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KSU - ECON 12906 - Study Guide - Midterm

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KSU - ECON 12906 - Study Guide - Midterm

School: Kent State University
Department: Economics
Course: Principles of Macroeconomics
Professor: Laurie Skul
Term: Fall 2016
Tags: Macroeconomics, Macro, Microeconomic, micro, Economics, and Econ
Name: Macroeconomics, Week 3, Study Guide
Description: This study guide covers chapters 1, 2, 3, and 4 which will all be on our first exam, next Thursday. Good luck!
Uploaded: 09/16/2016
0 5 3 31 Reviews
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background image Macroeconomics   Exam #1: Study Guide  Chapter 1 : The Interconnected Economy  - Economy  is the way a society organizes the consumption, distribution, and production of goods and services It  answers: what is produced, how, and who for.  - Market  brings together buyers and sellers of goods and services. A  market-oriented economy  is when buyers and  sellers make most economic decisions. A  command economy  is when the government makes most economic  decisions. Most economies fall somewhere in the middle of the two extremes.  - Division of labor  is when people earn income by specializing in productions and using that income to purchase  the products they desire. Reasons for division of labor: specialization, encourages inventing and learning, and 
economies of scale. 
-Microeconomics  focuses on individuals, firms, and industries.  Macroeconomics  focuses on general issues such as  the growth in the standard of living, unemployment, inflation, and levels of foreign trade.  -Macroeconomics has four main goals: growth in the standard of living, low unemployment, low inflation, and 
sustainable balance of trade. To accomplish these goals there are two types of policies: monetary and fiscal. 
-Circular Flow Diagram:          Goods and Services Market               Goods and Services                             Payment for G&S                     Labor Market  Households      Labor      Firms               Payment for Labor                          Financial Capital Market               Financial Capital                Payment for FC       
background image Chapter 2 : Choice in a World of Scarcity  - Scarcity  is when people’s desires exceed what is possible resulting in  trade- offs , which is when individuals, firms,  government, and society give up things they desire for other things they desire.  Intertemporal choices  are costs in  the present and benefits in the future or benefits in the present and costs in the future.  - Budget constraint : know how to create one!  Compound Interest  = (Present amount) * (1 + interest rate) (number of years)  = Future amount  - Opportunity cost  measures the cost by what is sacrificed. Be able to calculate!  -Economic decisions involve thinking on the margin. The law of  diminishing marginal utility  shows that as a  person receives more of a specific good or resource, the additional marginal gains becomes smaller.  Sunk costs  cannot be recovered and should be disregarded when making current decisions. The  law of diminishing returns  states that as increments of additional resources go towards production, the marginal increase in output becomes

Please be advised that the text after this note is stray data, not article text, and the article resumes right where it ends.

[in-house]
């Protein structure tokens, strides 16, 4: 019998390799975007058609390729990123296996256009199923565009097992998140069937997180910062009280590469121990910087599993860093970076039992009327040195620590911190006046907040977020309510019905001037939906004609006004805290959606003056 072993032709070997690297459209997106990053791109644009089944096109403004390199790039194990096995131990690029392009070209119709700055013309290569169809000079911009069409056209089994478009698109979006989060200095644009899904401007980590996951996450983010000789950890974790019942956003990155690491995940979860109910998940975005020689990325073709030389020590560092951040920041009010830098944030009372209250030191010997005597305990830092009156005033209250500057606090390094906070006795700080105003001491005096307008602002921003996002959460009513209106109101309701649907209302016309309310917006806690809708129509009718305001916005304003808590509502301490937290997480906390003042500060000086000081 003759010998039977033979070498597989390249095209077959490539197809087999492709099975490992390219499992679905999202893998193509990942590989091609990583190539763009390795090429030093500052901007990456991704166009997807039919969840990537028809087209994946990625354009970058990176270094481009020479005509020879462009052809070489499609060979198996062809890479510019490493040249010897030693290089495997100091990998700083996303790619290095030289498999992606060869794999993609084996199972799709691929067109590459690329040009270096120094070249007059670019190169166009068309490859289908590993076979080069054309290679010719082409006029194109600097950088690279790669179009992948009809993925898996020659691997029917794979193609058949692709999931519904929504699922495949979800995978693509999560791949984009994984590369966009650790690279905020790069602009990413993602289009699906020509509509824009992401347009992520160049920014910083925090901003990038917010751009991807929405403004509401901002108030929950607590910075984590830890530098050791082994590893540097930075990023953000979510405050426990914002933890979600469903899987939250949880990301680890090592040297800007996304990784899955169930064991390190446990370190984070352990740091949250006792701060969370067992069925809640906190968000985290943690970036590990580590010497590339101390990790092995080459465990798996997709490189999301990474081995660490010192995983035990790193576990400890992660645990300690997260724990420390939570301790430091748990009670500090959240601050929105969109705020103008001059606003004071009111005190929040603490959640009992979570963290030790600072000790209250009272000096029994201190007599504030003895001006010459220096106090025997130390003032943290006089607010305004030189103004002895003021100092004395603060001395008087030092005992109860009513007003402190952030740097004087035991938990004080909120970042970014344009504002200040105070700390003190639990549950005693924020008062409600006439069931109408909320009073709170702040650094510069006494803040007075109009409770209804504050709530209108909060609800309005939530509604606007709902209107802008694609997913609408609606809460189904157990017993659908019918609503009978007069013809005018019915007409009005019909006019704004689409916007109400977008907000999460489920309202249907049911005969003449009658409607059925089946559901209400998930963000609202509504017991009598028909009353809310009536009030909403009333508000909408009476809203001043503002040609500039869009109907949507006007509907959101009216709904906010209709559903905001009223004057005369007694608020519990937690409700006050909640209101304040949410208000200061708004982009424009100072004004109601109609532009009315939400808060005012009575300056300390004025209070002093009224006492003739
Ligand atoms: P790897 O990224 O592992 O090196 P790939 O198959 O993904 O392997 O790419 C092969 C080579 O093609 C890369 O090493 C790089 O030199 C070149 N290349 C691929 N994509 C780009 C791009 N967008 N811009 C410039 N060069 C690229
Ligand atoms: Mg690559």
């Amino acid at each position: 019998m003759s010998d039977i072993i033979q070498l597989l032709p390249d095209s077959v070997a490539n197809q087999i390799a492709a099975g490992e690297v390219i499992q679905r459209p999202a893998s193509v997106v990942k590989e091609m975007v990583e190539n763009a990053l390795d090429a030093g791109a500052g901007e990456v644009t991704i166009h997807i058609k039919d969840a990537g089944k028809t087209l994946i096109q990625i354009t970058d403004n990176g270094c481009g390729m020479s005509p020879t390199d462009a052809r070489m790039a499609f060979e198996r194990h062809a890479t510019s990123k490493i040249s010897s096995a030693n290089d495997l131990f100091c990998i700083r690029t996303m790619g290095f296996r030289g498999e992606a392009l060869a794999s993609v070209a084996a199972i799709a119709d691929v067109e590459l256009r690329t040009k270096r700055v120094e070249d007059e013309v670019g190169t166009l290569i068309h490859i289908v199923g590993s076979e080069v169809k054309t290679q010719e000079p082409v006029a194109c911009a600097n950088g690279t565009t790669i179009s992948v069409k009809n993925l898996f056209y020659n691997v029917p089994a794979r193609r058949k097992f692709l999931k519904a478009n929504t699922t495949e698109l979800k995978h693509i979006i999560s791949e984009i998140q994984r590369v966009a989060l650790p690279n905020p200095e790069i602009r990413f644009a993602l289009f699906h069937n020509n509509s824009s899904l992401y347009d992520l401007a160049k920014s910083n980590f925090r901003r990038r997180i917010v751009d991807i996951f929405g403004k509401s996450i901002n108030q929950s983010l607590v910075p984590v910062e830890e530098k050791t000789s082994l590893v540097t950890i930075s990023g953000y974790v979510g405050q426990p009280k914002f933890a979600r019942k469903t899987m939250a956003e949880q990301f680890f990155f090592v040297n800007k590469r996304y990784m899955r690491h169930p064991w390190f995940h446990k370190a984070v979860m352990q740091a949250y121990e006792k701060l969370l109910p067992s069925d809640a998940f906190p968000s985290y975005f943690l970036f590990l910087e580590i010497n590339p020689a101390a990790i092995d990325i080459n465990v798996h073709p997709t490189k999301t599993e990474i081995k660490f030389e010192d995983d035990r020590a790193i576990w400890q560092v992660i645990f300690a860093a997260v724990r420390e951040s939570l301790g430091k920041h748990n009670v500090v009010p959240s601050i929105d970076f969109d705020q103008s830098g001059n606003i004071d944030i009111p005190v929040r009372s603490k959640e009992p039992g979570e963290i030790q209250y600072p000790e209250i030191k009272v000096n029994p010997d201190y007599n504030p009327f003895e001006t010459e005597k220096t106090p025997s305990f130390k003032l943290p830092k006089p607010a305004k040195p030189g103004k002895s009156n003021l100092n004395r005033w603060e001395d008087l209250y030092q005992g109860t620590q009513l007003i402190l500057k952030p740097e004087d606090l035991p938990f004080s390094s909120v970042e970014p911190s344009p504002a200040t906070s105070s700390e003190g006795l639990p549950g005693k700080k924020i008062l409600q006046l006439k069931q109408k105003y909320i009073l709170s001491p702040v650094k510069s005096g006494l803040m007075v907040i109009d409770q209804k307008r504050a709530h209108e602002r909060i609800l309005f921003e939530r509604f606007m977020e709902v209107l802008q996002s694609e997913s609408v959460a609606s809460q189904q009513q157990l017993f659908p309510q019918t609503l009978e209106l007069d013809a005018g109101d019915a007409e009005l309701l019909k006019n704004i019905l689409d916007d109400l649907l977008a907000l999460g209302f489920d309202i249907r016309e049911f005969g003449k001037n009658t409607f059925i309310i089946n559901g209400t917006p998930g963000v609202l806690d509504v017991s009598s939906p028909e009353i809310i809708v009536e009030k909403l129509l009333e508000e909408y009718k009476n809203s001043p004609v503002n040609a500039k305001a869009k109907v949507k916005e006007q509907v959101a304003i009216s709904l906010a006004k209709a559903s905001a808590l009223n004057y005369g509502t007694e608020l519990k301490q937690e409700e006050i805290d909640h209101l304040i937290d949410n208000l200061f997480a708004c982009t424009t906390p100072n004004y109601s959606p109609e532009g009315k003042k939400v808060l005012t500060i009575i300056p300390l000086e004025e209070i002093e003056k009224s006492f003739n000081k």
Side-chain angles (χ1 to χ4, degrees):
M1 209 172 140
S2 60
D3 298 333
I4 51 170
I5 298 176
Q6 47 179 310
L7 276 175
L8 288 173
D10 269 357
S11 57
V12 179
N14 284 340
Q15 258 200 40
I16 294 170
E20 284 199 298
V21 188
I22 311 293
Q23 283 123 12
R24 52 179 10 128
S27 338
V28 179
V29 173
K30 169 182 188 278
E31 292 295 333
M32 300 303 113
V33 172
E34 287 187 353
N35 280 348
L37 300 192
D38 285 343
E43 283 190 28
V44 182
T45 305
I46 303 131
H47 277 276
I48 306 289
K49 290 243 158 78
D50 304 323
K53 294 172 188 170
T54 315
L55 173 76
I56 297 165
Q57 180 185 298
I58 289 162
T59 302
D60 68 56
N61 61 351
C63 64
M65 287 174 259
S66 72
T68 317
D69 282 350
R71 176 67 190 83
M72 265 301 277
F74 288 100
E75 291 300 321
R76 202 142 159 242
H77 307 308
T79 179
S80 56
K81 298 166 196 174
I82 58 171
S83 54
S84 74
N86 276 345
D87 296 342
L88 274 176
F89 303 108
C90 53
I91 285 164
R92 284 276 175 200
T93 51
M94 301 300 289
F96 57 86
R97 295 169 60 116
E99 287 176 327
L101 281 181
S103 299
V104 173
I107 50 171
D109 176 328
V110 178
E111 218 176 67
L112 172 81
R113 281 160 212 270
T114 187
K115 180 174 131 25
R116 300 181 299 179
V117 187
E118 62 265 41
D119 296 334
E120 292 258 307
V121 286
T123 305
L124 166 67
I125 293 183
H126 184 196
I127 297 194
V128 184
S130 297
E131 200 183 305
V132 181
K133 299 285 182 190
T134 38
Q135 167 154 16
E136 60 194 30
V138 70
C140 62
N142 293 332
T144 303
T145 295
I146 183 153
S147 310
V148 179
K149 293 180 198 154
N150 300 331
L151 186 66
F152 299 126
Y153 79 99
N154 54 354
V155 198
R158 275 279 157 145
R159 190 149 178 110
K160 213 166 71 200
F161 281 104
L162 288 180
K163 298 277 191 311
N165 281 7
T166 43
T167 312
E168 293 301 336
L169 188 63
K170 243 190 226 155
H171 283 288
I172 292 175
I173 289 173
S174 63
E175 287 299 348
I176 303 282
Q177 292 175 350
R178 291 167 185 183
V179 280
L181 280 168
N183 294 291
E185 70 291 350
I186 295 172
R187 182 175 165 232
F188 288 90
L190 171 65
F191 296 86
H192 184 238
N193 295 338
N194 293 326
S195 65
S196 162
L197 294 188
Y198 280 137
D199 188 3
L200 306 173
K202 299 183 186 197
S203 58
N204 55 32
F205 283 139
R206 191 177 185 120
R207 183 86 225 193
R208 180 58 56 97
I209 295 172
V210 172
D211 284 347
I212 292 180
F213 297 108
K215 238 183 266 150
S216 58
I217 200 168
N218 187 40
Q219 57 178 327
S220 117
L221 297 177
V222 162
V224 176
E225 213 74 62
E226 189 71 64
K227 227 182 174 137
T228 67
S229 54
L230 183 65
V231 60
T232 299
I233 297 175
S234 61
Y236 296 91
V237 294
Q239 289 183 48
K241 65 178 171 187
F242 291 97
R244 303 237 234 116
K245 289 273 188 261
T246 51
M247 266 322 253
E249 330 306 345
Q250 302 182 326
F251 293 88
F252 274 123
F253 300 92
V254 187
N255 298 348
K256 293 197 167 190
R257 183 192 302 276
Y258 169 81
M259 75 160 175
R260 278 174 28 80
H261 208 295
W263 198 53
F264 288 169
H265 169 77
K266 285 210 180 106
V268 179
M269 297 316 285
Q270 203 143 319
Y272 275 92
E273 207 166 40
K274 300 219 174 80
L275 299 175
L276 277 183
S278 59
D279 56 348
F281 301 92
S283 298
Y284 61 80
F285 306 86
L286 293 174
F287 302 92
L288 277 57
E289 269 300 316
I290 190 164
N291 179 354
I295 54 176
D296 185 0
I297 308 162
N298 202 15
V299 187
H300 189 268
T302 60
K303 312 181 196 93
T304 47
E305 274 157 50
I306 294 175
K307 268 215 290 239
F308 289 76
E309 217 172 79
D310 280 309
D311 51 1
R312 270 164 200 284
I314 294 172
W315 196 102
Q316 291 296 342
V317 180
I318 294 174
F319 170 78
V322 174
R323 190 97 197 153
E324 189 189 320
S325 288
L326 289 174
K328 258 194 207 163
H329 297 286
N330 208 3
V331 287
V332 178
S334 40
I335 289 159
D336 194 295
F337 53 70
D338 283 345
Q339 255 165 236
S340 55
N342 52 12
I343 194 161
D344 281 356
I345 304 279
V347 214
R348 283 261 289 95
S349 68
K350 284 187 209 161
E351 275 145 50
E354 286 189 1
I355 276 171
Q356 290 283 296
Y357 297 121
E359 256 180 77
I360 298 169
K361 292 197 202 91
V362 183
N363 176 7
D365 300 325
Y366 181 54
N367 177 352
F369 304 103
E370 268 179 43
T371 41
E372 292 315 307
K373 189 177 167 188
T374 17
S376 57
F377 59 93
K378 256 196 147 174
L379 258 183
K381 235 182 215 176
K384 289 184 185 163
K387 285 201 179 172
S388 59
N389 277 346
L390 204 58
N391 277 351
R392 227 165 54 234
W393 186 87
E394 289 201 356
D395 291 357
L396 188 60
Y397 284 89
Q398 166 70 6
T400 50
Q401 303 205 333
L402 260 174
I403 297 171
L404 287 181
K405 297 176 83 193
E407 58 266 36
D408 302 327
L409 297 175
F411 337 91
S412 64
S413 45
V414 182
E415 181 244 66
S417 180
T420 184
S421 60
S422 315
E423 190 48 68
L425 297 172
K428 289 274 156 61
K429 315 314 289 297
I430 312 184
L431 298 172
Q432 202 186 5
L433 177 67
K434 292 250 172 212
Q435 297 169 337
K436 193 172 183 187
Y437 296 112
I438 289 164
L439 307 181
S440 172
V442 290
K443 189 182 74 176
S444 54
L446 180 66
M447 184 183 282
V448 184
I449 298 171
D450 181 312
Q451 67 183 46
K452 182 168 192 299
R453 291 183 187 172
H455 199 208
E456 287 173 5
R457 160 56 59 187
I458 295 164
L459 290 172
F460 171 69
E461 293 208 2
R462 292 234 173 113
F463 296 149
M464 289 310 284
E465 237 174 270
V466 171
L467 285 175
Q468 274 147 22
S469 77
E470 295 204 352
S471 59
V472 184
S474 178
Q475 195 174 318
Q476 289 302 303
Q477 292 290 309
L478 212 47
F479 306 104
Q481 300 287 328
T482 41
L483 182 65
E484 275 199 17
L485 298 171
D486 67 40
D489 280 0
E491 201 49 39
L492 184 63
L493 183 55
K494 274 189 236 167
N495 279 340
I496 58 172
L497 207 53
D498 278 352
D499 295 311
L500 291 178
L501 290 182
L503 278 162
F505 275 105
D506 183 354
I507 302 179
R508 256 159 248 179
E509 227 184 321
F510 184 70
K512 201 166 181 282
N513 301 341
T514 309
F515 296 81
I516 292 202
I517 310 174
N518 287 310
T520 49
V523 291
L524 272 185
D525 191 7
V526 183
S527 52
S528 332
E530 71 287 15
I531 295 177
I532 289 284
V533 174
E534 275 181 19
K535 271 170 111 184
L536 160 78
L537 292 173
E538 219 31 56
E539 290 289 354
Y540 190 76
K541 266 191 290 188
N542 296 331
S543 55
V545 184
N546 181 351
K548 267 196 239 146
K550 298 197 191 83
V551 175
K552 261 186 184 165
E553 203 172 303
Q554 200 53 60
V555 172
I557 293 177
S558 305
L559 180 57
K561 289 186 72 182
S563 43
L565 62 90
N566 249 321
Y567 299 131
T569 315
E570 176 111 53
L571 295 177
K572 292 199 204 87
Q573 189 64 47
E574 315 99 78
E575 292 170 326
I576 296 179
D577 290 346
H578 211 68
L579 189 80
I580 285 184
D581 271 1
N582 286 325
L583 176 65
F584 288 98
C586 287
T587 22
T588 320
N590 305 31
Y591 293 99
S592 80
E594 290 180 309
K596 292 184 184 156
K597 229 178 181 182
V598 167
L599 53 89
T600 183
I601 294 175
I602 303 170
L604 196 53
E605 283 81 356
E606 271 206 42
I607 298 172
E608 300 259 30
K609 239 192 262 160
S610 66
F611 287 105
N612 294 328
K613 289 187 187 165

smaller. 
- PPF : know how to calculate and build one!  Productive efficiency  means you can’t produce more of one good  without decreasing the production of another. Society prefers  allocative efficiency - Positive statements  show the world as it is while  normative statements  show how the world should be.  Chapter 3 : International Trade  - Absolute advantage  is when a country has a productivity edge over others. When two countries have an absolute  advantage in different goods, they can both benefit by specializing in the product in which they have the absolute 
advantage and then trading. 
Comparative advantage  is when a country’s cost of production/opportunity cost is  lowest. Same as absolute advantage, countries benefit by specializing in the product in which they have a 
comparative advantage and then trading. Be able to calculate both! 
- Intra-industry trade  is when a country imports and exports the same goods at the same time. The gains from trade  come from specialization and economies of scale. Specialization in the work economy is called  splitting up the  value chain . International trade causes disruption and controversy since it involves over $20 trillion worth of  goods and services around the world.                 

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School: Kent State University
Department: Economics
Course: Principles of Macroeconomics
Professor: Laurie Skul
Term: Fall 2016
Tags: Macroeconomics, Macro, Microeconomic, micro, Economics, and Econ
Name: Macroeconomics, Week 3, Study Guide
Description: This study guide covers chapters 1, 2, 3, and 4 which will all be on our first exam, next Thursday. Good luck!
Uploaded: 09/16/2016
3 Pages 41 Views 32 Unlocks
  • Better Grades Guarantee
  • 24/7 Homework help
  • Notes, Study Guides, Flashcards + More!
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